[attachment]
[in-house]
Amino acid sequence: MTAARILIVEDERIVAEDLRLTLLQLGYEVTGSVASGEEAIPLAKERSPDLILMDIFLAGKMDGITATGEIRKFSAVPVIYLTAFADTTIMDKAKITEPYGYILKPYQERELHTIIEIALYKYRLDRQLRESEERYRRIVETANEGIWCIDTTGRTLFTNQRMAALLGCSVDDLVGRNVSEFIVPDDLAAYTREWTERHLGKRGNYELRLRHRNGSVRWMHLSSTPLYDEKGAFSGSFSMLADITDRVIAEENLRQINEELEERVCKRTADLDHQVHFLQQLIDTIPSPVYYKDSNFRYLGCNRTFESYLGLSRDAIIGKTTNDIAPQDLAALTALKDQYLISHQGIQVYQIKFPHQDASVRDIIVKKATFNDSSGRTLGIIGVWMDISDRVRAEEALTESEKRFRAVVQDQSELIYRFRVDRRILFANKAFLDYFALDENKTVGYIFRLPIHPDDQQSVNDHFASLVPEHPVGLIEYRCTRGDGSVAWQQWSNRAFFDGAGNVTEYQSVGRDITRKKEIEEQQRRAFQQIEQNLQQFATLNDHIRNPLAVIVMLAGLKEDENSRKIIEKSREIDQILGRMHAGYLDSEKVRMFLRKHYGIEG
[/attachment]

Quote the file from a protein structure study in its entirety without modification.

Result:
[in-house]
Amino acid sequence: MTAARILIVEDERIVAEDLRLTLLQLGYEVTGSVASGEEAIPLAKERSPDLILMDIFLAGKMDGITATGEIRKFSAVPVIYLTAFADTTIMDKAKITEPYGYILKPYQERELHTIIEIALYKYRLDRQLRESEERYRRIVETANEGIWCIDTTGRTLFTNQRMAALLGCSVDDLVGRNVSEFIVPDDLAAYTREWTERHLGKRGNYELRLRHRNGSVRWMHLSSTPLYDEKGAFSGSFSMLADITDRVIAEENLRQINEELEERVCKRTADLDHQVHFLQQLIDTIPSPVYYKDSNFRYLGCNRTFESYLGLSRDAIIGKTTNDIAPQDLAALTALKDQYLISHQGIQVYQIKFPHQDASVRDIIVKKATFNDSSGRTLGIIGVWMDISDRVRAEEALTESEKRFRAVVQDQSELIYRFRVDRRILFANKAFLDYFALDENKTVGYIFRLPIHPDDQQSVNDHFASLVPEHPVGLIEYRCTRGDGSVAWQQWSNRAFFDGAGNVTEYQSVGRDITRKKEIEEQQRRAFQQIEQNLQQFATLNDHIRNPLAVIVMLAGLKEDENSRKIIEKSREIDQILGRMHAGYLDSEKVRMFLRKHYGIEG